Designer bootcamp put hopefuls on path to fame

August 29th, 2011

iPhone photo
David Tyreman and Theo Garcia hold designers’ attention at the “Launch Your Line Bootcamp” Aug. 27 at The Venue.

Designers got a practical earful during the “Launch Your Line Bootcamp” presented by Hawaii Red magazine and Hawaii Fashion Incubator Aug. 27 at The Venue on Bethel Street.

Fashion and branding experts Theo Garcia and David Tyreman of The World Famous Company where the speakers for the day. Although I had to leave midday for a prior appointment, I saw how the workshop’s exercises, in which designers had to articulate their ideas to a partner, put the process of clarifying their ideas in motion. In trying to get the other person to understand their lines, they really had to focus on fleshing out ideas that often started out generic and nebulous, like “I design T-shirts.”

One person said she wanted to start the next Crazy Shirts, but how does a person get there when there hasn’t been a local T-shirt brand that has topped that name in more than 40 years? Another well-known local brand is Cane Haul Road, and more recently, Organik is making its name with its eco wear.

From a editor’s point of view, there are hundreds of T-shirt companies out there, so you really have to differentiate yourself to stand out. Garcia said key to effective branding is honing in on your brand DNA. That is, your story and your values that go into painting a vivid picture of who you are as a designer and what your brand stands for. His belief, for instance, is that men should be peacocks and he brings processes he learned in childhood to his designs.

Designers also tend to live inside their own heads but it helps to read and know what’s going on in the world. Garcia talked about trend spotting and it’s really hard to spot trends if you’re creating in a vacuum, without considering what’s going on in media, film, music and the way people live in general. Companies like DKNY hire directors of inspiration to spot trends years in advance of various seasons.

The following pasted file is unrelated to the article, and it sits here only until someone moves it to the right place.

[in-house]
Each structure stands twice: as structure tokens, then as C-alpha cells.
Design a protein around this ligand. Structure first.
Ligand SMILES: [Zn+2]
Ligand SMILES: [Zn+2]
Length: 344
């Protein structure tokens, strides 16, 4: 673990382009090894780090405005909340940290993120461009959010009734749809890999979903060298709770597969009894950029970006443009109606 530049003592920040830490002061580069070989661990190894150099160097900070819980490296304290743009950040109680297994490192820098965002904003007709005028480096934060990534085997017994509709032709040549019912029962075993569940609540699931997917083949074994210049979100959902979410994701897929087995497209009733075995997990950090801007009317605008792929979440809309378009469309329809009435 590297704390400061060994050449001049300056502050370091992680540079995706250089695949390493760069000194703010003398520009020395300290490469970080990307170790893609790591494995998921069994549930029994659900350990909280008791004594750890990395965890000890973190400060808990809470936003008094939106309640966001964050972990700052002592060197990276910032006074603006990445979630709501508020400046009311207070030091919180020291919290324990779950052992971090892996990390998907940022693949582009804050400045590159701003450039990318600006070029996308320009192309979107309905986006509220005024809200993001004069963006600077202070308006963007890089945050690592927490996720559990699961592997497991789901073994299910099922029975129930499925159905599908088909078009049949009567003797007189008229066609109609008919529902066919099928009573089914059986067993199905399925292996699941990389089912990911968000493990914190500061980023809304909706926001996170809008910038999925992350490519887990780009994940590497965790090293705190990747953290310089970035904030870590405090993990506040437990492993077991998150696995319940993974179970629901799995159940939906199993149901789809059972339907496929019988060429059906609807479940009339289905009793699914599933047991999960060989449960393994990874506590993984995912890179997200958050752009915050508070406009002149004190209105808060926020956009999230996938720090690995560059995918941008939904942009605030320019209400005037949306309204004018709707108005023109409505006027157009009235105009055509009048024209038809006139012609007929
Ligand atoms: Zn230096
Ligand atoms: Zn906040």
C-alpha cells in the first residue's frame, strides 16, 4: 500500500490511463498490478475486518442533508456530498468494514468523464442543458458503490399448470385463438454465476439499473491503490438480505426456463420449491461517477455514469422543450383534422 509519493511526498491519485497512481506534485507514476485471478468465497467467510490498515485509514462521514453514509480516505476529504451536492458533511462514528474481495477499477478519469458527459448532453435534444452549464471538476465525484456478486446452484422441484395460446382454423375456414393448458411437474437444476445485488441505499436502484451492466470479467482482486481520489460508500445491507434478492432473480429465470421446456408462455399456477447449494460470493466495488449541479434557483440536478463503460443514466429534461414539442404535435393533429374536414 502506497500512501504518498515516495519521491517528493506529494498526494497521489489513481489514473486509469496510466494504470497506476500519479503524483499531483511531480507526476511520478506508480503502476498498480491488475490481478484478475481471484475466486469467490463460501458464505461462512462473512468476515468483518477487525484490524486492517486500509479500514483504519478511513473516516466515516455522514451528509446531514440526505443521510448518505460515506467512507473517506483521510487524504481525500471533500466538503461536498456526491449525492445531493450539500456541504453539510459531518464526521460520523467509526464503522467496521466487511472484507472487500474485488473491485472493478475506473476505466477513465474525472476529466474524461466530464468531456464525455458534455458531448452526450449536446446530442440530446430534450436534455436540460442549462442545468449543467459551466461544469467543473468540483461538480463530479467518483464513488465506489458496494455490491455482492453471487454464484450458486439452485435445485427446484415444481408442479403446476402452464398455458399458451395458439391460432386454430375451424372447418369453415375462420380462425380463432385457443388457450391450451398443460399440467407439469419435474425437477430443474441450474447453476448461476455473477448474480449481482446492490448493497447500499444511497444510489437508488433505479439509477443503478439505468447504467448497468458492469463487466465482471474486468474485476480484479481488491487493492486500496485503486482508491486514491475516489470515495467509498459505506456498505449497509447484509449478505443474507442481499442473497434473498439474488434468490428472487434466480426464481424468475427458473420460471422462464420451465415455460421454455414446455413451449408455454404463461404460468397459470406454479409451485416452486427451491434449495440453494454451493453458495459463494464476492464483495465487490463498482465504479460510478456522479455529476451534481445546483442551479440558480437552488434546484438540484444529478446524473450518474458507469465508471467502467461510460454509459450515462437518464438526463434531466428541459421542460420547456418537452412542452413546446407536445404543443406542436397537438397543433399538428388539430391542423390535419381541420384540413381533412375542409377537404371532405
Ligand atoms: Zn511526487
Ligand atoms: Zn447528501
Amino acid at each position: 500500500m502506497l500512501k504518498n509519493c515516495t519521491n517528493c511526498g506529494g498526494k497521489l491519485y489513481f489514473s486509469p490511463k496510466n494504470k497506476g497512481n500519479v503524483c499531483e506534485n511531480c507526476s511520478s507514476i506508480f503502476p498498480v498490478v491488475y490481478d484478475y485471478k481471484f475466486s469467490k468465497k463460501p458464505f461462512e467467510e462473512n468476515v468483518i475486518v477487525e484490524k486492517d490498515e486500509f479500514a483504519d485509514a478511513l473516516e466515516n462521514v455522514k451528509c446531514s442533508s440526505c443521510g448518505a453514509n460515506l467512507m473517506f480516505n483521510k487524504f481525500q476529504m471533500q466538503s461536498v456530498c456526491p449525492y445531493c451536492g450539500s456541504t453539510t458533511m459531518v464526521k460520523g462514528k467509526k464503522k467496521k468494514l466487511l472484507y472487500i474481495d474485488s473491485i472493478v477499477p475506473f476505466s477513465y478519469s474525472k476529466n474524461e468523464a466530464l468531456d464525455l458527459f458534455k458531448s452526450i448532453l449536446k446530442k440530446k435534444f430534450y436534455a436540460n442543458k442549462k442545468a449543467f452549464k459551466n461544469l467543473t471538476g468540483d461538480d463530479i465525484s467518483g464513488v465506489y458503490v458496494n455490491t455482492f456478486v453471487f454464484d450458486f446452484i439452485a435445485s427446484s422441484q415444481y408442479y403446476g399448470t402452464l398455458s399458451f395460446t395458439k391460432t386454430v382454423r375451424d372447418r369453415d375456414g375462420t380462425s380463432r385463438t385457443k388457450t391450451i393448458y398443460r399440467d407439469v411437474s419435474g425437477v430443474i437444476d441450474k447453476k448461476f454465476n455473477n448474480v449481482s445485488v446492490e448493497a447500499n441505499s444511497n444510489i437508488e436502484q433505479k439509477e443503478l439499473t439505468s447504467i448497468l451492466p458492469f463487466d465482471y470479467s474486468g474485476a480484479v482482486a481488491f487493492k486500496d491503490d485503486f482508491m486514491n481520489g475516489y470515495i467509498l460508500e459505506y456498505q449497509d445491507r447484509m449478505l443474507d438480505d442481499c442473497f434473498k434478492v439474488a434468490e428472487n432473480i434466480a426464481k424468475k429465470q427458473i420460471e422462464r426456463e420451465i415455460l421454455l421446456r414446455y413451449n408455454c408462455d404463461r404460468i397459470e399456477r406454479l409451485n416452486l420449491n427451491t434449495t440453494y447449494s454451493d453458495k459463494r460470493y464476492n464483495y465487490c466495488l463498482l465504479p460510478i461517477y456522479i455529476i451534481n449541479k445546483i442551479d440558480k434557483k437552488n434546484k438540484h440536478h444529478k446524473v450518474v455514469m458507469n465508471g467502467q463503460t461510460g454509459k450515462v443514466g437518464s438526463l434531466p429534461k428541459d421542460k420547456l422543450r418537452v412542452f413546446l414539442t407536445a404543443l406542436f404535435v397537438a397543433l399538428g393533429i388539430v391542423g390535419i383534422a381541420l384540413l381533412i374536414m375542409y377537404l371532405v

About two years ago, I started predicting that a Hawaii moment in fashion was coming based on Hawaii’s high profile in the long-running series “Lost,” to the number of Hawaii designers who have turned up on “Project Runway,” to the then-pending reboot of “Hawaii Five-O.” In journalistic calculus, two events are coincidence, three mark the start of a trend. Then, when John Galliano sent tropical colors and hibiscus prints down the Dior Paris runway in fall 2010, it became literal.

Sure enough, this summer saw an Opening Ceremony collaboration with Reyn Spooner, a Barney’s Tokyo collaboration with Catherine’s Closet and ‘Iolani Sportswear, and Island Slipper collaborations with Japanese designers with the intent of introducing their men’s slippers to European runways.

Those aware of the looming trend could have put themselves in the position of capitalizing on the rare occurrence. The last time Hawaii had such a high-profile national fashion moment was in the 1960s.

That doesn’t mean one can’t sell Hawaii style year after year. There was some debate about category dressing and Hawaii fitting in only two seasons, resort and spring/summer. But established local designers have been successful making winter sales in both warm-weather climates and cold climates where the fashion savvy know how to layer lighter weights with leggings, sweaters and coats.

The information shared in the workshop was valuable and applicable to other entrepreneurial endeavors as well. Just talking about ideas seem to help designers hone in on their values and what they want their lines to be. It was very exciting to listen to everyone share their ideas, including people who have worked for major fashion companies and are now aiming to branch off on their own. More frequent workshops might help designers along every step of the process.

I wrote down about a third of the names of people that I would want to talk to if they had their samples right now. If Tyreman and Garcia have their way, you’ll be hearing about these designers very soon.

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2 Responses to “Designer bootcamp put hopefuls on path to fame”

  1. Tyson Joines:

    Sounds like it was a success overall! I wish I could of went!!

  2. Nadine Kam:

    I wish I could have stayed longer! I have a story in the works with one of the participants already! Stay tuned!

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